As the novel coronavirus outbreak getting worse, it is creating a problem that is going to be on the minds of investors for quite a while. Many companies have reported supply chain issues that have held up manufacturing or forced store closures as authorities institute draconian measures to contain the spread of the virus which causes the disease COVID-19.

One company that has been hit hard is Royal Caribbean (RCL -0.21%). Its stock has fallen 22% in the past week alone. Since the start of the year, it has declined by a whopping 52% as the COVID-19 situation worsens.

The company had, in fact, just reported a sparkling set of earnings results for the fiscal year 2019. Net income was at a record high of $1.88 billion, up 3.7% year over year, driven by a 15.3% year-over-year increase in total revenue.

With the stock now trading at a five-year low, could the company be a potential bargain?

Cruise Ship

Image source: Getty Images.

Travel curbs are hitting hard

Trouble started brewing back in late January when news outlets began reporting on an outbreak of COVID-19 off the coast of Japan aboard the Diamond Princess, a cruise ship belonging to Carnival (CCL -0.34%). In early February, due to the then-widening effects of the virus in China, Royal Caribbean canceled eight cruises out of Chinese ports over March, in addition to three cancellations announced earlier.

Since then, COVID-19 has claimed its first victim in the U.S., while travel curbs have been tightened. The White House recently announced new restrictions on international travel. These curbs add on to those already in place in many other countries. With Italy and South Korea among those reporting a huge spike in cases, it looks as if these curbs are not going to be eased anytime soon.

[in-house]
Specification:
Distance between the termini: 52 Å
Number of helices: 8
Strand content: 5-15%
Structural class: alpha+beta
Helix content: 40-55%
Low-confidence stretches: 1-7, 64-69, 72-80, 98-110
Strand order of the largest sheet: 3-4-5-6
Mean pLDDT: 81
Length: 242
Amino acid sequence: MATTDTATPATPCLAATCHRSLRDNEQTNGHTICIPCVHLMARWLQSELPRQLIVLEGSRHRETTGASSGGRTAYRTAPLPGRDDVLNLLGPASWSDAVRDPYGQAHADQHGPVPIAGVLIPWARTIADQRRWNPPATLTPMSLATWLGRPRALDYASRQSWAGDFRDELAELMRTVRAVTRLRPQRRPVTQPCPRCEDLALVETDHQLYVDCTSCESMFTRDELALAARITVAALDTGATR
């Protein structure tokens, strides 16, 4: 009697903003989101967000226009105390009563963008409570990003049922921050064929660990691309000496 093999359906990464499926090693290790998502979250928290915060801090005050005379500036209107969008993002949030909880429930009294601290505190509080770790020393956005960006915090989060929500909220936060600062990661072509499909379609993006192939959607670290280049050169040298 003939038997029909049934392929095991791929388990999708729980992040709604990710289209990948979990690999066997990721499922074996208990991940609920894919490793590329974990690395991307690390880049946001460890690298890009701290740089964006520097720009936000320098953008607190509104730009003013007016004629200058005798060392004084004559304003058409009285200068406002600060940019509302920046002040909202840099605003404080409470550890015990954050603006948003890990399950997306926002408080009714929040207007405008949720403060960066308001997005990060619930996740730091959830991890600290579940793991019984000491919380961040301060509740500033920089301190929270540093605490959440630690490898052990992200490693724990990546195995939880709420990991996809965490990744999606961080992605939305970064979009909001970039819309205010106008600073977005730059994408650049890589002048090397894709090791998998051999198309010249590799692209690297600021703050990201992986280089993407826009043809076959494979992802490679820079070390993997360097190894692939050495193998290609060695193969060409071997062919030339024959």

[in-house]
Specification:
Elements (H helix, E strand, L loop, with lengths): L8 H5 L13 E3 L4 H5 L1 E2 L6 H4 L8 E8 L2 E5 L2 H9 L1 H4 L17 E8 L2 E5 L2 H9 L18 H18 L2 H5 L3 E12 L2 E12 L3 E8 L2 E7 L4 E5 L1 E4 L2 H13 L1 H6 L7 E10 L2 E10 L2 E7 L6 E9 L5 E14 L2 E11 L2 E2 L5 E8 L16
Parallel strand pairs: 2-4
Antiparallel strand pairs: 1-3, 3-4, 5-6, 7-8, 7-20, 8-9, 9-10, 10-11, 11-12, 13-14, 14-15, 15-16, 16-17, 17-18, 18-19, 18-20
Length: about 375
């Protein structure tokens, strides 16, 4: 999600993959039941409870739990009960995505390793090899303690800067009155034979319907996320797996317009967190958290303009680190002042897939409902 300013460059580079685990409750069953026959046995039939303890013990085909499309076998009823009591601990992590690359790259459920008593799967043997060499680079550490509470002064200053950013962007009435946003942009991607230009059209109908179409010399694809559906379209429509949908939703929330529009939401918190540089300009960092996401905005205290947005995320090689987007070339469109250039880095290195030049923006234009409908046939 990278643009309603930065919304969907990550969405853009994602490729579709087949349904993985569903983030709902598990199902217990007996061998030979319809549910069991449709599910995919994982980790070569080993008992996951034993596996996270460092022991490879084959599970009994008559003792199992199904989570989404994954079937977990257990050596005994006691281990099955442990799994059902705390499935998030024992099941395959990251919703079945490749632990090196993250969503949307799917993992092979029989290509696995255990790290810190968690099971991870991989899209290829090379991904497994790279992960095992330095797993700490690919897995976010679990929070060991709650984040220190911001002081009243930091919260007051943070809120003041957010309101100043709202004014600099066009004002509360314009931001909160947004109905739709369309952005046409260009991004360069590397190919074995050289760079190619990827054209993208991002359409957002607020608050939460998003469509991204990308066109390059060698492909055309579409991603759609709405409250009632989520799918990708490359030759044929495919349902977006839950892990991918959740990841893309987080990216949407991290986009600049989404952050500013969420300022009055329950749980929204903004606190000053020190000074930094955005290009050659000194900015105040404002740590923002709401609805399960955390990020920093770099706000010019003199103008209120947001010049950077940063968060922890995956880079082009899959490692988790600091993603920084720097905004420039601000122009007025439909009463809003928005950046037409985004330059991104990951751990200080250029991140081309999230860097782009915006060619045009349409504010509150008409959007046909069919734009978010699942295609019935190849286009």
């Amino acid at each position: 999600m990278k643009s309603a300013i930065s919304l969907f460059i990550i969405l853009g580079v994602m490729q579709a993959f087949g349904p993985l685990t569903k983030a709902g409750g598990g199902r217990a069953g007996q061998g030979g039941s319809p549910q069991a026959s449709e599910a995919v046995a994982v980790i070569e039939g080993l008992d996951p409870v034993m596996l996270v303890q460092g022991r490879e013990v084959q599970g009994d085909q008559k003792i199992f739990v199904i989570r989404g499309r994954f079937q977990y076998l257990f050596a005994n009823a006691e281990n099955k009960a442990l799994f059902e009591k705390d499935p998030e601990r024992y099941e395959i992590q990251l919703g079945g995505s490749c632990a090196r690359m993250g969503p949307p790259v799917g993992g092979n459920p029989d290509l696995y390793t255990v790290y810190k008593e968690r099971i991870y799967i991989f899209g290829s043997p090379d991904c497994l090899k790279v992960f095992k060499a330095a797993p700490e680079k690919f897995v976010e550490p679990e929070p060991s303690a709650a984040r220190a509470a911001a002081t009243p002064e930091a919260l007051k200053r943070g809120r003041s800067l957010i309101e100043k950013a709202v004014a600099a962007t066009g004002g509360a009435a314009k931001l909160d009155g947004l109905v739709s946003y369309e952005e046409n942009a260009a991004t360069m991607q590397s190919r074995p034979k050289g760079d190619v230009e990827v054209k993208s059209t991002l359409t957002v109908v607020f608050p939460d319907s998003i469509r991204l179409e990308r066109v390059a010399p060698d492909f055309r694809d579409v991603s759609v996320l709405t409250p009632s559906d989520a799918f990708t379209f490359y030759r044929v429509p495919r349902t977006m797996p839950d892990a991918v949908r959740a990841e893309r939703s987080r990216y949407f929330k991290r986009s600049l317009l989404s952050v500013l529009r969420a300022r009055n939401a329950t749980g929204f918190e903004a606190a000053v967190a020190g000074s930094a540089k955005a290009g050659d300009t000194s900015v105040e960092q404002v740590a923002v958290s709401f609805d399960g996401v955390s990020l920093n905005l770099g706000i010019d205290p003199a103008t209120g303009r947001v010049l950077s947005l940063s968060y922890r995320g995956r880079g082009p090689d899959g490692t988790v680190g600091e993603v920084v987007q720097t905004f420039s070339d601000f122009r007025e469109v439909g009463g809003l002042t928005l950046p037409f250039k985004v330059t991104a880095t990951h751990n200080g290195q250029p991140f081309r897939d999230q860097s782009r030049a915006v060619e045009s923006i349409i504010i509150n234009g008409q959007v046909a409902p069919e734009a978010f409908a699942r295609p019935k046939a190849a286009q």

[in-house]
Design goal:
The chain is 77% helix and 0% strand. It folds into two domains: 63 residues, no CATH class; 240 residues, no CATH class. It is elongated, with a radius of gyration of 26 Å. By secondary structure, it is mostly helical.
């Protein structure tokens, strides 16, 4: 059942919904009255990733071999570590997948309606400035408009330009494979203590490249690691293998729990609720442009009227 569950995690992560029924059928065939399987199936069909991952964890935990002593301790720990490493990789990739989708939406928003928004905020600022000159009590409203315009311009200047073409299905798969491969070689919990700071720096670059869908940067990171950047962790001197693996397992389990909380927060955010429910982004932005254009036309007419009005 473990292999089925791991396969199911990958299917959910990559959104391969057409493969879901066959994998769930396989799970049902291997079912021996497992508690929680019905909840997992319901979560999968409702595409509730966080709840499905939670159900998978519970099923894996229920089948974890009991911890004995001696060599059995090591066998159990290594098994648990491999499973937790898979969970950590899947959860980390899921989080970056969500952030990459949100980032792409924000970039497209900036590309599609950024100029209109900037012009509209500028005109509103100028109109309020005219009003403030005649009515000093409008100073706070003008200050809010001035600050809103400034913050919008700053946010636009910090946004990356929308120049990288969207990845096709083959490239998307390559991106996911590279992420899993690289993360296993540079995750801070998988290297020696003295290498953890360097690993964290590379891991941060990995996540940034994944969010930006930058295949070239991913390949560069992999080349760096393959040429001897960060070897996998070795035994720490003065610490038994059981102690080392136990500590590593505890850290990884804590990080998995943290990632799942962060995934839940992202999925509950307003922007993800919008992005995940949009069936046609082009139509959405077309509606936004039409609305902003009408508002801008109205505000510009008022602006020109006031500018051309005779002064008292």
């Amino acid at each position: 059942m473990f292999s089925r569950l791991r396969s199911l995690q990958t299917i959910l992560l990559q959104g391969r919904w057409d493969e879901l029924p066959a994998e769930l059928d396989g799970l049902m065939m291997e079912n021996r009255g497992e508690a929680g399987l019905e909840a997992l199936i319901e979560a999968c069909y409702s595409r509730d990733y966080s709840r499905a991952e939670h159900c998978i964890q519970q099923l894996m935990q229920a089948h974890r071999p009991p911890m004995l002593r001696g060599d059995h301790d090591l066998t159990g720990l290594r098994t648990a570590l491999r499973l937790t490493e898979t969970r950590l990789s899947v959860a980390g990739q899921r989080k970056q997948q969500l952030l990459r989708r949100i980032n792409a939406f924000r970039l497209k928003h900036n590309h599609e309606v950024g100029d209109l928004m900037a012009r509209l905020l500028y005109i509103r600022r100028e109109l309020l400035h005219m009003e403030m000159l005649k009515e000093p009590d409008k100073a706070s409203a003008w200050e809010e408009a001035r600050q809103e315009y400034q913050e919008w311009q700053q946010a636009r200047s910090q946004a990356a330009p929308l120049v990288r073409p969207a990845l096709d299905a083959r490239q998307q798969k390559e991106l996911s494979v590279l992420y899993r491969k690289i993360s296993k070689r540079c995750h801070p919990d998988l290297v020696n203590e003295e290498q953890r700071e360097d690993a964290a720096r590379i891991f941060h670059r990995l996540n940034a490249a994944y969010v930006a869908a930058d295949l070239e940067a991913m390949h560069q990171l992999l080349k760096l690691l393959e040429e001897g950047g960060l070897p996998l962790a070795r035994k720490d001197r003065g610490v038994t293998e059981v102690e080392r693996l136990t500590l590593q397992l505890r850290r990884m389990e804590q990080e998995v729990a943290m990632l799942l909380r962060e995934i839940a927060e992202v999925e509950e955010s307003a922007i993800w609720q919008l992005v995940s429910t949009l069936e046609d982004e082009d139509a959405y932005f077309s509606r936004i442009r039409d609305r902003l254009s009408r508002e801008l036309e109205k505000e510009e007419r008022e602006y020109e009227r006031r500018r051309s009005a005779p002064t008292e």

Canceled cruises and refunds

Royal Caribbean has canceled all its China and Hong Kong sailings through the March 21 departure for its Spectrum of the Seas ship, while all cruises on the Quantum of the Seas have been canceled through the end of March. All affected passengers will receive full refunds. These moves will not only hurt the company's revenue but will also result in significant cash outflows.

With the situation remaining uncertain, Royal Caribbean may have to cancel even more cruises in the coming months. In an announcement last month, the company had quantified the impact of cancellations up through the end of April, with a projected total hit of $1.20 per share to full-year earnings. This translates to a 13.4% drop if we use the EPS of $8.97 for the fiscal year 2019 as a comparison.

If the COVID-19 situation is not controlled soon, the cancellation of even more cruises could lead to a more significant impact on EPS for the fiscal year 2020.

Additional costs are piling up

Besides the loss of revenue, Royal Caribbean also has to contend with higher operational costs. These include the need to conduct mandatory temperature screenings for all passengers, as well as more-stringent disinfection measures to ensure that all surfaces, rooms, and common areas are declared virus-free.

These measures are necessary to instill confidence again in the cruise industry, but will inevitably drive down earnings even more in the near term.

A sharp but temporary hit to earnings

With a rash of cancellations within the cruise industry, mounting travel curbs, and additional costs being layered on, things look pretty bleak for Royal Caribbean right now.

But investors need to keep in mind that they're in a marathon, not a sprint. Negative sentiment and fear of the unknown have driven the stock of the company down to bargain-basement levels. It's trading at just around 7.3 times its fiscal year 2019 earnings, implying that investors have assumed the worst.

Though the impact from COVID-19 may linger even after the crisis has been resolved, I am confident that people eventually will start streaming back to cruises. And when investors look back five years from now, they might blame themselves for missing out on a golden opportunity to buy into a brand-name cruise company on the cheap.